Harvester has a haunting atmosphere throughout. Each scene is a pre-rendered environment, and actors were filmed live before being added to the background, similar to games like The 7th Guest. The pixelated characters don't complement the backgrounds, however, as the animations are choppy and sometimes just not pleasant to look at. This gives the game an innately unnatural feel, which adds to Harvester’s already bizarre tone. Unfortunately, the graphics are at times very flat and boring to look at. Most of the homes in Harvest have nothing interesting to them at first glance. This could have been intentional, since clichéd suburban homes are naturally boring, but it doesn’t make for a fun experience to look around. I also found that there were sometimes an unnecessary number of screens to pass through just to get to somewhere interesting. It wasn’t until I entered the Lodge that I discovered the best environments, ranging from a birthday party clown massacre, to a floor made entirely out of human flesh and walls made of giant eyeballs. The Lodge is truly an inspired, creative part of the game… just not enjoyable to play through due to being entirely combat-based.

The soundtrack is quite diverse and at times theatrical. It ranges from ‘50s doo-wop mixed with a sci-fi theremin to elaborate percussion and big ensembles of strings and piano. Despite the forced, over-dramatized acting of the filmed characters, the actual voice work I found pretty impressive, with each person having a distinct personality and tone. The voices really are what define how eccentric and strange these characters are. At times some of the actors speak too slowly or have unnecessarily long pauses between sentences, which made me impatient. But I guess that’s better than actors blasting through their lines. There are subtitles, and you can click to skip through dialogues.

When all was said and done, Harvester took me roughly 7-10 hours to complete, though mileage will surely vary depending on the amount of combat difficulty you experience and aimless wandering around you do. There are two endings to the game, which are affected only by a single choice prior to the conclusion. After choosing one ending, I was able to simply reload my last save file to see the other. Without saying too much, the ending sheds light on why Harvest is the way it is, and it is genuinely satisfying. And it just wouldn’t be Harvester unless it was disturbing as well.

It’s clear that Harvester was aiming to push all boundaries, both by combining its self-proclaimed “arcade action” with a point-and-click horror adventure, and by challenging the censorship of violence in media. There is so much to admire and respect from the game. But can I recommend it? That’s a complicated question. It’s strange, unusual, and unlike anything else you’ve likely ever played. Yet it’s by no means for everyone. It’s perfect for those intrigued by games that are daring or just flat-out bizarre. I think people who love B horror films or the surreal quirkiness of shows like Twin Peaks would also find this game appealing. But due to its sometimes vague objectives, too many characters with too few conversations having anything to do with the progression of the story, and an unbearable fighting system that only gets more prominent as the game goes along, Harvester is not recommended to anyone looking for a smooth-sailing adventure experience.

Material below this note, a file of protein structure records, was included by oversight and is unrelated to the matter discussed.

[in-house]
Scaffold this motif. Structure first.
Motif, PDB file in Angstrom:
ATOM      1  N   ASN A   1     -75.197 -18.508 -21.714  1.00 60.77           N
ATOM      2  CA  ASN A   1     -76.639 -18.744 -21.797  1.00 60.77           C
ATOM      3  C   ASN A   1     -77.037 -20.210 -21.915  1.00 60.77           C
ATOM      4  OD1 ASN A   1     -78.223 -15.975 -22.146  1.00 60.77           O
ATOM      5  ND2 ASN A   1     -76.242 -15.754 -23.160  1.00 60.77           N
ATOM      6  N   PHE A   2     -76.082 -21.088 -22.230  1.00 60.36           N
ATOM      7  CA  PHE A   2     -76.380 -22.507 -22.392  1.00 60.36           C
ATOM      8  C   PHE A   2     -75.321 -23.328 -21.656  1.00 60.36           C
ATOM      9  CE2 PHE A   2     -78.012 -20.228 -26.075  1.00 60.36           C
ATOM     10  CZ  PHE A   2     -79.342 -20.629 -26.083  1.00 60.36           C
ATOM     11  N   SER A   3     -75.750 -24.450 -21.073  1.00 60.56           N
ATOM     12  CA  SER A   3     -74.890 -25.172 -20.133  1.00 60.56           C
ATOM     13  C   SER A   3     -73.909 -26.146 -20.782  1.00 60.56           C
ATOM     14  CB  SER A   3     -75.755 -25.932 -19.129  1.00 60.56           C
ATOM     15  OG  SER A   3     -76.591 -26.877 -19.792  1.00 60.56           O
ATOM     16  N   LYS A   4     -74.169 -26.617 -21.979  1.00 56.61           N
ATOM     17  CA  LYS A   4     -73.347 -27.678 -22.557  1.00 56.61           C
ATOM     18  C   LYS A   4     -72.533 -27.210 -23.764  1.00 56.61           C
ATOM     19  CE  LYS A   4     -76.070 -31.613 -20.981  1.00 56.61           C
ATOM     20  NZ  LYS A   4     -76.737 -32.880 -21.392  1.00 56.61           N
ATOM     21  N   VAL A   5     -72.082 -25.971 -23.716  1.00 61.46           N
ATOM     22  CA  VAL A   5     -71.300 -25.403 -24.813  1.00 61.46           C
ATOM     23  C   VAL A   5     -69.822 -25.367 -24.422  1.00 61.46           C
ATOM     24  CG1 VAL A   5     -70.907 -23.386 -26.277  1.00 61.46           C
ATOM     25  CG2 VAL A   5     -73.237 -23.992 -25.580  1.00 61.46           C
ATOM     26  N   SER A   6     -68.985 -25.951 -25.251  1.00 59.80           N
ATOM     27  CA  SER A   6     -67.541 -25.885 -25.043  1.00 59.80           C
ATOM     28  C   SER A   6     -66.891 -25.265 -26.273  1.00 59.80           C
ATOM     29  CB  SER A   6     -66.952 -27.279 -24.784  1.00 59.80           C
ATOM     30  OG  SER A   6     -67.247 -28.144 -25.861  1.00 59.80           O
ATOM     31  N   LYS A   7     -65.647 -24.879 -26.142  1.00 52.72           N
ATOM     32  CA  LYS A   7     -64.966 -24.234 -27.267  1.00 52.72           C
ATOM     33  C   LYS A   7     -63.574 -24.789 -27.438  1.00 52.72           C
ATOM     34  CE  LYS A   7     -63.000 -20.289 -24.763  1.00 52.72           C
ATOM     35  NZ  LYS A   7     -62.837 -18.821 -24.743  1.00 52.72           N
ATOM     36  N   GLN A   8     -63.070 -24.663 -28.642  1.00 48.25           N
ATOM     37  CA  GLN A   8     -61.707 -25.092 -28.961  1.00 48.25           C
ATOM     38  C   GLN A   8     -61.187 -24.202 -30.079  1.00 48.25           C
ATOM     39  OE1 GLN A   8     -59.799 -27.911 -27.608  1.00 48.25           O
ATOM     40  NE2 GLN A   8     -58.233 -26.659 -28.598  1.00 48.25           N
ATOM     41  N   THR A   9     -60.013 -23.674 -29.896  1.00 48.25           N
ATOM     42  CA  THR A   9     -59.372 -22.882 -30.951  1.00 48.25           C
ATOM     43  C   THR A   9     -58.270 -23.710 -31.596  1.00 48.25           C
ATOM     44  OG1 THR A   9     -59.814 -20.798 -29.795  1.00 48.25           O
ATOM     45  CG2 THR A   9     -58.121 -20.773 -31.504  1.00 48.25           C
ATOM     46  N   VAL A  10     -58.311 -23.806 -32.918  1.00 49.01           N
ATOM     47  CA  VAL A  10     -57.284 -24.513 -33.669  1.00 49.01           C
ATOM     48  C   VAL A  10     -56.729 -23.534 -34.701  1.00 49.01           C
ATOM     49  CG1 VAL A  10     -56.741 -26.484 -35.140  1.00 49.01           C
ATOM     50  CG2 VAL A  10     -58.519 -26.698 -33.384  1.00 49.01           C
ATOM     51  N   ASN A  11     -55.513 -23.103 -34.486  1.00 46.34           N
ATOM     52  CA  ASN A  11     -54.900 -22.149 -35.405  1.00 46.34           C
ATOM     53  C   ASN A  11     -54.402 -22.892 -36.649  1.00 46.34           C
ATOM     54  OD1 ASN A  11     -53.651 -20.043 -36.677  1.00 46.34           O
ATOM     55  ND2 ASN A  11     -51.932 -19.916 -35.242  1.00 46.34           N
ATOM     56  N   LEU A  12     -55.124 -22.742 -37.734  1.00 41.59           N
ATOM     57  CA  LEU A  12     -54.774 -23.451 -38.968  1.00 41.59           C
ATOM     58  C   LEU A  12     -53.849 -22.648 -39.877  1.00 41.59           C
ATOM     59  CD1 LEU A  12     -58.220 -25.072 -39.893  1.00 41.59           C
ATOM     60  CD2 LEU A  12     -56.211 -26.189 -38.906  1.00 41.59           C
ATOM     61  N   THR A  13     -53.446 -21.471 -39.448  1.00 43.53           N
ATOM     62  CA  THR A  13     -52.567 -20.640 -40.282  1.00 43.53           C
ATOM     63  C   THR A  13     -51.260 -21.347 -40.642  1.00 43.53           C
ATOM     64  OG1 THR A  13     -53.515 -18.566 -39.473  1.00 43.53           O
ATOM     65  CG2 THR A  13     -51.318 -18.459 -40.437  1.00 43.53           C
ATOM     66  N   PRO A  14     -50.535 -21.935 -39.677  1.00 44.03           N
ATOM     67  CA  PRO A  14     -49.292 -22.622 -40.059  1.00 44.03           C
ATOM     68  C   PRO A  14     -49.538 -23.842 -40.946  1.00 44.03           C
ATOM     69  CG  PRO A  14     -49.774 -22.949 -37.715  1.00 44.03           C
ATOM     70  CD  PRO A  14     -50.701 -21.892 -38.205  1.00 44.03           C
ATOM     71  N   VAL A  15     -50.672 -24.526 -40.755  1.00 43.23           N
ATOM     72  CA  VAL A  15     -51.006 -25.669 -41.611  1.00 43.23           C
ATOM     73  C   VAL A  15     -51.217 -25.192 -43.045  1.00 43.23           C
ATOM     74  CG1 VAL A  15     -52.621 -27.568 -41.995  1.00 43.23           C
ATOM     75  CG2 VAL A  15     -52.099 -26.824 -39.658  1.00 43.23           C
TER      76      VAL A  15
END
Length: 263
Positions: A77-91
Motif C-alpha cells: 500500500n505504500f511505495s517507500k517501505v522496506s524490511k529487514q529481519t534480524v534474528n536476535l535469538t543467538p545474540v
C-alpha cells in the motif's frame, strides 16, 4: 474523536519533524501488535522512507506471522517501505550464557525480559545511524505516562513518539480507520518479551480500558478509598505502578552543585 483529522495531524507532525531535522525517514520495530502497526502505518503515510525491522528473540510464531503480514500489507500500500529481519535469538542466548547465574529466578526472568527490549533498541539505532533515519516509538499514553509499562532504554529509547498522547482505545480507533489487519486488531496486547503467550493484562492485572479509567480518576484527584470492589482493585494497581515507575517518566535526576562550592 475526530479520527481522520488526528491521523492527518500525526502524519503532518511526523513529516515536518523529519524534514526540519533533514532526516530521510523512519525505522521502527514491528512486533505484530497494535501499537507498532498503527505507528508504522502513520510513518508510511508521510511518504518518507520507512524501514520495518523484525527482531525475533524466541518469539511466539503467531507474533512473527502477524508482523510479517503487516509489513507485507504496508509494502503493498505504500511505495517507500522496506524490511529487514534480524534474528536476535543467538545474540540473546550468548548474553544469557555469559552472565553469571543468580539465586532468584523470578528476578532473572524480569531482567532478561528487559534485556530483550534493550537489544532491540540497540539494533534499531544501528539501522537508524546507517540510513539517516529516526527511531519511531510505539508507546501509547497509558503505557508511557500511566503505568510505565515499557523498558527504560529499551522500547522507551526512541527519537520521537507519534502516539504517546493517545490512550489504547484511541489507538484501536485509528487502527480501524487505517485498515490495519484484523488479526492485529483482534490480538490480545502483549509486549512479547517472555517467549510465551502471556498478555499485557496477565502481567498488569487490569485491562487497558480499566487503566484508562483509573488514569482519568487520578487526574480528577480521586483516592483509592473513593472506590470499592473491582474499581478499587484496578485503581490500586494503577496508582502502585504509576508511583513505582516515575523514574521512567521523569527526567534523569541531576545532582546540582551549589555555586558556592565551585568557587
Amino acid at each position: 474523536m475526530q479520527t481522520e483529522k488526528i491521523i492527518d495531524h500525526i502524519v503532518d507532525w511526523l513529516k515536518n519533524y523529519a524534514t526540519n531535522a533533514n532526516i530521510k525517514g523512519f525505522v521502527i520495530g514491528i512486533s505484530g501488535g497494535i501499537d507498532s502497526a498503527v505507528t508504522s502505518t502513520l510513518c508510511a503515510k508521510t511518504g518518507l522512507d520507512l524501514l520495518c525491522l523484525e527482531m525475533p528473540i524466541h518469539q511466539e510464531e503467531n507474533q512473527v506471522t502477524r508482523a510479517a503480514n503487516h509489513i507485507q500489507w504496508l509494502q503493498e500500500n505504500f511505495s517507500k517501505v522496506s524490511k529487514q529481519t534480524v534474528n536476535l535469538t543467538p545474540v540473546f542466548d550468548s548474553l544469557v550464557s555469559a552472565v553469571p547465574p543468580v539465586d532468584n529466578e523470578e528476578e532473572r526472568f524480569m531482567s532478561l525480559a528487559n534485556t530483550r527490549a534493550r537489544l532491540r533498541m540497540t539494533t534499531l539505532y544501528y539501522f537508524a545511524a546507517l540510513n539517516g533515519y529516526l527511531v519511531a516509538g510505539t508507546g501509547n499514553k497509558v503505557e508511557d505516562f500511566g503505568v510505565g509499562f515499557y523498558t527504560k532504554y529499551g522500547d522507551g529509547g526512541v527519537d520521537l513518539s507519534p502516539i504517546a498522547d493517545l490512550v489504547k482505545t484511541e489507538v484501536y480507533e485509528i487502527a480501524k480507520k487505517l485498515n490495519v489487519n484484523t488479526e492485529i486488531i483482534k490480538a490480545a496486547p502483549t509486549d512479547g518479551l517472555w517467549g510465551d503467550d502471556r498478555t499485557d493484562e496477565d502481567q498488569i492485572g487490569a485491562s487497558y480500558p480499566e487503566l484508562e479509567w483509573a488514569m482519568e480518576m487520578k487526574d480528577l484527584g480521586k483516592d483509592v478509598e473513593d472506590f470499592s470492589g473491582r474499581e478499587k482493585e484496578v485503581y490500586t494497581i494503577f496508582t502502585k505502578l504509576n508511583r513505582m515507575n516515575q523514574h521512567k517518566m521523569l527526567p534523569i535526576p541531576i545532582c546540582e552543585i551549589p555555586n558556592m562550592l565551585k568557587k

Our Verdict:

Harvester is an unforgettably brutal yet hilarious experience at times, but its awful combat controls, ambiguous objectives, and abundance of events that simply don’t make sense make the game hard to recommend.

GAME INFO Harvester is an adventure game by DigiFX Interactive released in 19961996 for Mac and PC. It has a Live Action, Photographic style, presented in 2D or 2.5D and is played in a Third-Person perspective. You can download Harvester from: We get a small commission from any game you buy through these links.
The Good:
  • Bizarre characters
  • Satirical approach to violence in video games
  • Open world design and day/night cycle were ambitious for its time
The Bad:
  • Increasing reliance on combat with atrocious controls
  • Unclear objectives
  • Long conversations that go nowhere and too much inventory with too little use
  • Extreme gratuitous violence will surely not be for everyone
The Good:
  • Bizarre characters
  • Satirical approach to violence in video games
  • Open world design and day/night cycle were ambitious for its time
The Bad:
  • Increasing reliance on combat with atrocious controls
  • Unclear objectives
  • Long conversations that go nowhere and too much inventory with too little use
  • Extreme gratuitous violence will surely not be for everyone
continue reading below

What our readers think of Harvester

Very good

4 stars out of 5
Average based on 4 ratings
Your rating
Log in or Register to post ratings.

Want to share your own thoughts about this game? Share your personal score, or better yet, leave your own review!

Post review

flashback review
Back to the top